The Machakheli is a historically and geographically significant valley along the river Machakhlistskal that flows between Turkey and Georgia. Large portions of this remote region were part of the Georgian kingdom until its fragmentation in the late fifteenth century. The valley eventually fell under the rule of the princes of Samtskhe, followed by the Ottoman Sultan, Mehmed II, in 1479. Turkish and British troops temporarily occupied the region between 1918 and 1920, until Soviet Russia signed the Kars Agreement in 1921 with Turkey. The outcome of these negotiations divided the remote Machakheli Valley into two distinct areas, Upper and Lower Machakheli, with Turkey taking control of the upper part comprised of six villages: Düzenli (Zedvake), Efeler (Eprati), Kayalar (Kvabitavi), Maral (Mindieti), and Uğur (Akria). The center of Upper Machakheli, Khertvisi , was renamed (in 1925) Camili (literally, “the place with the mosque”); subsequently, the entire local area is now often referred to as Camili. This remote valley was long protected from the outside world due to its proximity to the sensitive Turkish-Soviet border. Only in 2007 were visitor restrictions lifted on the Turkish side.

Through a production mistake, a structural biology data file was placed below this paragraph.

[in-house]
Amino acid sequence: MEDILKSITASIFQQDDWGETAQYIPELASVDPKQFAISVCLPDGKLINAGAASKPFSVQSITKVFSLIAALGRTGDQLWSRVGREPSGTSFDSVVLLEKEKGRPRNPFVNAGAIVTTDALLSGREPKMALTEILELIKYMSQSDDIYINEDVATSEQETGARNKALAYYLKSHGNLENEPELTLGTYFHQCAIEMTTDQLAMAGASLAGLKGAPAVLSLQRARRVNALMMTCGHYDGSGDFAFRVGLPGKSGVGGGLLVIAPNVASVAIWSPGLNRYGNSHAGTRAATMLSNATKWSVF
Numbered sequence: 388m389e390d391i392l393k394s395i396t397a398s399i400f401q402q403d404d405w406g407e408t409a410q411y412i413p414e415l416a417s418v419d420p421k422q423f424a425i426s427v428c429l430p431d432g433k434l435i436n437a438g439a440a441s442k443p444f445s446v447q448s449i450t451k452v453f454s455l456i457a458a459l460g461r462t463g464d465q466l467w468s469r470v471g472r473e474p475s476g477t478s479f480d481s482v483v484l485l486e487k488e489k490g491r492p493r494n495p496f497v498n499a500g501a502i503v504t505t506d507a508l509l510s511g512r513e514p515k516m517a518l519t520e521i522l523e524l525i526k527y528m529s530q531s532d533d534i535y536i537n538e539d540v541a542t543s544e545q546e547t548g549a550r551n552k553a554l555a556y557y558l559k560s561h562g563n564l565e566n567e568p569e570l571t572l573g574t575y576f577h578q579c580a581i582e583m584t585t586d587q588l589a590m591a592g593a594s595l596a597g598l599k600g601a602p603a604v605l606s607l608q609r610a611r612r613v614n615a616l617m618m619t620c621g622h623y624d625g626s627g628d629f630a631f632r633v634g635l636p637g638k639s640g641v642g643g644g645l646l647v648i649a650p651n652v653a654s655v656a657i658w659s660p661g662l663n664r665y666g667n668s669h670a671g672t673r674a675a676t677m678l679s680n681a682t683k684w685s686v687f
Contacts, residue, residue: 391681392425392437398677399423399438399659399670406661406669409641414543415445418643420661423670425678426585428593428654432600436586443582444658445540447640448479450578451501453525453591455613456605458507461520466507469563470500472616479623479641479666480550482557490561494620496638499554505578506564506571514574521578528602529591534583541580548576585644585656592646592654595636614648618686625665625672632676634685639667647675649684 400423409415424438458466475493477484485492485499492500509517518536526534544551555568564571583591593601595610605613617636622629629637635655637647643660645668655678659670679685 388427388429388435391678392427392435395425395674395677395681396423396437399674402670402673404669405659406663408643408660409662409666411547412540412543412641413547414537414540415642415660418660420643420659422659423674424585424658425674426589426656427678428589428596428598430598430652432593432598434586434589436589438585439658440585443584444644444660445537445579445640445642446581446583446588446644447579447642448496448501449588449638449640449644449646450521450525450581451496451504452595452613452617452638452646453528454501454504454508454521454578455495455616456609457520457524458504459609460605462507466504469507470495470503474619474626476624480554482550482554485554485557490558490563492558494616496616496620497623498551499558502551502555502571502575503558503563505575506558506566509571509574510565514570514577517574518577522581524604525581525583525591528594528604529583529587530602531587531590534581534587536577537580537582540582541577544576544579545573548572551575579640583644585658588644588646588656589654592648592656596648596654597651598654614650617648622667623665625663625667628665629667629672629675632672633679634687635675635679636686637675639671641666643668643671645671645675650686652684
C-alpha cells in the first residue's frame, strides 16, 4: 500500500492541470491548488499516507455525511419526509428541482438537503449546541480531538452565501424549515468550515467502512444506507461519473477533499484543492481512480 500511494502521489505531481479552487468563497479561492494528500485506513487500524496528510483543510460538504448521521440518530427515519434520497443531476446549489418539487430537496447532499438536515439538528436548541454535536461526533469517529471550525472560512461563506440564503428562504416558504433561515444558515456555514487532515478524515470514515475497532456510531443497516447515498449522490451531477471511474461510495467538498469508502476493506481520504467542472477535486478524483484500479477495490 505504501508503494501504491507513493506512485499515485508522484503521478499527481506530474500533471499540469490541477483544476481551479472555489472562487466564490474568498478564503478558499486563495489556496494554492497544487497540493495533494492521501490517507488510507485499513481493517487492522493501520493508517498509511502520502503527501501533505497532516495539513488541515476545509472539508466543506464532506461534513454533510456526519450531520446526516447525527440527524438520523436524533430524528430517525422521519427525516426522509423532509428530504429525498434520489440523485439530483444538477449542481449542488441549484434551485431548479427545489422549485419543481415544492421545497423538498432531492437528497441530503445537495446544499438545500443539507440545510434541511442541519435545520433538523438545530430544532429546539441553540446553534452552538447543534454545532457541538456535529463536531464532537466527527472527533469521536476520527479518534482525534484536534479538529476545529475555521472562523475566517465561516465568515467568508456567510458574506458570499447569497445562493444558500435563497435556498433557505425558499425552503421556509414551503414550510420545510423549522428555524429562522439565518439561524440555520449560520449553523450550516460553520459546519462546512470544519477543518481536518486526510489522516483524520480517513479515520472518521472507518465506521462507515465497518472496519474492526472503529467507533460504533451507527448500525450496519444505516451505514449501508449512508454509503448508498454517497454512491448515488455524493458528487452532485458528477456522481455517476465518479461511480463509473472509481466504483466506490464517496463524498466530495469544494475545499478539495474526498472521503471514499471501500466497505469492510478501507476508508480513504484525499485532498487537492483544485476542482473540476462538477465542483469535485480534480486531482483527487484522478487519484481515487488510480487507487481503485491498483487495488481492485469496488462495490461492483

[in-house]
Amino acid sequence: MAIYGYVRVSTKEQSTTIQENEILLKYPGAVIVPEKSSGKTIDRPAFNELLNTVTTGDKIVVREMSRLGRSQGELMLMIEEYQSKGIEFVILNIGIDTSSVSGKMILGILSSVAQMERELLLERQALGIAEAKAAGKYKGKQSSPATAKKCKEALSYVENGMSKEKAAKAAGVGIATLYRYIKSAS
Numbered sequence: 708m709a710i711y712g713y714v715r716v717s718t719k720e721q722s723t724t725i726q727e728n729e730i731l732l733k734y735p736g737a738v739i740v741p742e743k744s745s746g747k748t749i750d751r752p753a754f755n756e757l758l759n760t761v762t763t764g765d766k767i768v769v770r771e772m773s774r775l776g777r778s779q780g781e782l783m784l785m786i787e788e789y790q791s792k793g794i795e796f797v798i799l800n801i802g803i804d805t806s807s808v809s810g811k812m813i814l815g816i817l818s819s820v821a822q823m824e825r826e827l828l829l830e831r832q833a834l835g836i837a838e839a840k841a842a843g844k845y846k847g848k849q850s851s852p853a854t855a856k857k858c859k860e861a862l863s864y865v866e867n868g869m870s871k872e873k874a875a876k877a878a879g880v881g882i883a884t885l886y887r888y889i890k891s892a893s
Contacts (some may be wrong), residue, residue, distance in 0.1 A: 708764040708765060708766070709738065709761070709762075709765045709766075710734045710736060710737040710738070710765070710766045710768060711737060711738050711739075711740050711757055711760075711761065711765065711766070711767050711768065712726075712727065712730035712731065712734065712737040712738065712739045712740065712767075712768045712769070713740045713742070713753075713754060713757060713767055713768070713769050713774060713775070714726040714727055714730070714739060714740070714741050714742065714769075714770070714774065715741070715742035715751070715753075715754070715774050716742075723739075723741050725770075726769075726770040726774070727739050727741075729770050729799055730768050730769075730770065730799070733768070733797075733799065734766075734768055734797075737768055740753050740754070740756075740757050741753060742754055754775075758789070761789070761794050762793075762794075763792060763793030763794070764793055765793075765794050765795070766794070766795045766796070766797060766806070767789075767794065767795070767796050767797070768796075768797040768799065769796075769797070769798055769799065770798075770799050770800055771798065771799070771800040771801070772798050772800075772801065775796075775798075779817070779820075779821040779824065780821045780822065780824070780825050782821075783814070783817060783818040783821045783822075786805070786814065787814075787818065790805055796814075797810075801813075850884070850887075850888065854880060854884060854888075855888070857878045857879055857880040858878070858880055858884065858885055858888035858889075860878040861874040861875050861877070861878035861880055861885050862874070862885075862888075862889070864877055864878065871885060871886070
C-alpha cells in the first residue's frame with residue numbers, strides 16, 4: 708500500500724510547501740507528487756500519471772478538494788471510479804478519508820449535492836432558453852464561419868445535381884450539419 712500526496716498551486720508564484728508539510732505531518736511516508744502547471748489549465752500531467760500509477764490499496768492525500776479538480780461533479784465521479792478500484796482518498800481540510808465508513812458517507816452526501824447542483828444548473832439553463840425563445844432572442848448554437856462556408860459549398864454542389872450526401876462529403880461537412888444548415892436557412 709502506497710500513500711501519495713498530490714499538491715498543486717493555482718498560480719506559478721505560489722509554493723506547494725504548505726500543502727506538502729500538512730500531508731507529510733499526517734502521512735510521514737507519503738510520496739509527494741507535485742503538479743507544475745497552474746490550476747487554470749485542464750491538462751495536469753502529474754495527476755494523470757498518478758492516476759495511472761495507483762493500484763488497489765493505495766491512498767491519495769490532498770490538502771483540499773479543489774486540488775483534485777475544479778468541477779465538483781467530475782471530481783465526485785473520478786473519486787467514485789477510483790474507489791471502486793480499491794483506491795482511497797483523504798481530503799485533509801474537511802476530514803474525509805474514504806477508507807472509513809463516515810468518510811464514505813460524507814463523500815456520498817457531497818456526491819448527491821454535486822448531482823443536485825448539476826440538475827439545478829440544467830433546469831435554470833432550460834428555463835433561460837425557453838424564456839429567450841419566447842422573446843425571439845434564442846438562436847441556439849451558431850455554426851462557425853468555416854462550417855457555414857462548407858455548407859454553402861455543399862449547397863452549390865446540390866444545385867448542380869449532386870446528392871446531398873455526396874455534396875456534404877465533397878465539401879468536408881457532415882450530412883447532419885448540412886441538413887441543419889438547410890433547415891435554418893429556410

Life remains largely unchanged for the local peoples of the valley. Georgian continues to be spoken on both sides of the international border. During the summer months, the majority of the Turkish population drives their livestock high up onto the mountain plateaus, where life follows a natural pace in accordance with generations past. Virgin forests render the valley beautiful and ecologically unique. The area is also famous for its intensive beekeeping practices and the high quality of the honey produced by its Caucasian bees. Camili village was the first area in Turkey to be included in UNESCO’s “Human and Biosphere Reserve Project.”